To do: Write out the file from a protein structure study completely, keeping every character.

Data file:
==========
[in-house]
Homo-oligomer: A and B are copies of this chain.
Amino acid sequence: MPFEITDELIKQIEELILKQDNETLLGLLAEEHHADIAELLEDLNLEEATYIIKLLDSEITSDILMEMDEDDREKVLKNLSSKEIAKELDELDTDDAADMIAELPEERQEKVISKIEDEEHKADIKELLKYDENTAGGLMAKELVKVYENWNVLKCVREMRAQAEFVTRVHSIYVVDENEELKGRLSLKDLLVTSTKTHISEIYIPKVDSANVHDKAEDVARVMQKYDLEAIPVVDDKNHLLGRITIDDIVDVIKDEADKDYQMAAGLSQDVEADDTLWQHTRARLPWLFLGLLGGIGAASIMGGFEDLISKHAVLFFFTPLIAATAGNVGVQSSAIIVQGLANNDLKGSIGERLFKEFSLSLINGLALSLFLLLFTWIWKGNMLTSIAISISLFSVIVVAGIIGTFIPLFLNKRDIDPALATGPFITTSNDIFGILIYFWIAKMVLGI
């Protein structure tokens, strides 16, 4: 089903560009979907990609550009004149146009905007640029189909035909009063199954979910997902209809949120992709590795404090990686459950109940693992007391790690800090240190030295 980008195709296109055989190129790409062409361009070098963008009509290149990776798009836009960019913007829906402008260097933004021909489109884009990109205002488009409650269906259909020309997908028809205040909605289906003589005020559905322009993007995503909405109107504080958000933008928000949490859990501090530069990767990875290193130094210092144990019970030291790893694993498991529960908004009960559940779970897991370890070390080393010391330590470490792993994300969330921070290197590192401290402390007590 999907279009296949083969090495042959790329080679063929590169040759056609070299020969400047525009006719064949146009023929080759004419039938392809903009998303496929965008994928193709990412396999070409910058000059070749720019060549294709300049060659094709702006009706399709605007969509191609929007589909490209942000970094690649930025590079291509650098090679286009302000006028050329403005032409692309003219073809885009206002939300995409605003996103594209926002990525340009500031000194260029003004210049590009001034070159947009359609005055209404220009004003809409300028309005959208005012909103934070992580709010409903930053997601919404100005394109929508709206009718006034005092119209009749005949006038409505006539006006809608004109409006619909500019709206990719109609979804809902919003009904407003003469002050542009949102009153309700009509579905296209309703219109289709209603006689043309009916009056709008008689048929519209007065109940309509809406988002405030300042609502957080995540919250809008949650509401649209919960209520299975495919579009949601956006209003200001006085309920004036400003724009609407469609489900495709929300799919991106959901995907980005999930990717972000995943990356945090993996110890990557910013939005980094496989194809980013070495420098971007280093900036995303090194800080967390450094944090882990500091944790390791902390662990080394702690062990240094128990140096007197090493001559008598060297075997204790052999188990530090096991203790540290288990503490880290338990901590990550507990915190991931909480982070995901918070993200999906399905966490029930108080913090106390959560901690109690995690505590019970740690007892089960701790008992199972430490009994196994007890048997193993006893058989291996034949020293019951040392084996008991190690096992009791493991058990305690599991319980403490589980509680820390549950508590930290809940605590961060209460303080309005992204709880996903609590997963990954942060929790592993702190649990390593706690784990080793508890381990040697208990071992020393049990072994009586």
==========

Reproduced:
[in-house]
Homo-oligomer: A and B are copies of this chain.
Amino acid sequence: MPFEITDELIKQIEELILKQDNETLLGLLAEEHHADIAELLEDLNLEEATYIIKLLDSEITSDILMEMDEDDREKVLKNLSSKEIAKELDELDTDDAADMIAELPEERQEKVISKIEDEEHKADIKELLKYDENTAGGLMAKELVKVYENWNVLKCVREMRAQAEFVTRVHSIYVVDENEELKGRLSLKDLLVTSTKTHISEIYIPKVDSANVHDKAEDVARVMQKYDLEAIPVVDDKNHLLGRITIDDIVDVIKDEADKDYQMAAGLSQDVEADDTLWQHTRARLPWLFLGLLGGIGAASIMGGFEDLISKHAVLFFFTPLIAATAGNVGVQSSAIIVQGLANNDLKGSIGERLFKEFSLSLINGLALSLFLLLFTWIWKGNMLTSIAISISLFSVIVVAGIIGTFIPLFLNKRDIDPALATGPFITTSNDIFGILIYFWIAKMVLGI
């Protein structure tokens, strides 16, 4: 089903560009979907990609550009004149146009905007640029189909035909009063199954979910997902209809949120992709590795404090990686459950109940693992007391790690800090240190030295 980008195709296109055989190129790409062409361009070098963008009509290149990776798009836009960019913007829906402008260097933004021909489109884009990109205002488009409650269906259909020309997908028809205040909605289906003589005020559905322009993007995503909405109107504080958000933008928000949490859990501090530069990767990875290193130094210092144990019970030291790893694993498991529960908004009960559940779970897991370890070390080393010391330590470490792993994300969330921070290197590192401290402390007590 999907279009296949083969090495042959790329080679063929590169040759056609070299020969400047525009006719064949146009023929080759004419039938392809903009998303496929965008994928193709990412396999070409910058000059070749720019060549294709300049060659094709702006009706399709605007969509191609929007589909490209942000970094690649930025590079291509650098090679286009302000006028050329403005032409692309003219073809885009206002939300995409605003996103594209926002990525340009500031000194260029003004210049590009001034070159947009359609005055209404220009004003809409300028309005959208005012909103934070992580709010409903930053997601919404100005394109929508709206009718006034005092119209009749005949006038409505006539006006809608004109409006619909500019709206990719109609979804809902919003009904407003003469002050542009949102009153309700009509579905296209309703219109289709209603006689043309009916009056709008008689048929519209007065109940309509809406988002405030300042609502957080995540919250809008949650509401649209919960209520299975495919579009949601956006209003200001006085309920004036400003724009609407469609489900495709929300799919991106959901995907980005999930990717972000995943990356945090993996110890990557910013939005980094496989194809980013070495420098971007280093900036995303090194800080967390450094944090882990500091944790390791902390662990080394702690062990240094128990140096007197090493001559008598060297075997204790052999188990530090096991203790540290288990503490880290338990901590990550507990915190991931909480982070995901918070993200999906399905966490029930108080913090106390959560901690109690995690505590019970740690007892089960701790008992199972430490009994196994007890048997193993006893058989291996034949020293019951040392084996008991190690096992009791493991058990305690599991319980403490589980509680820390549950508590930290809940605590961060209460303080309005992204709880996903609590997963990954942060929790592993702190649990390593706690784990080793508890381990040697208990071992020393049990072994009586």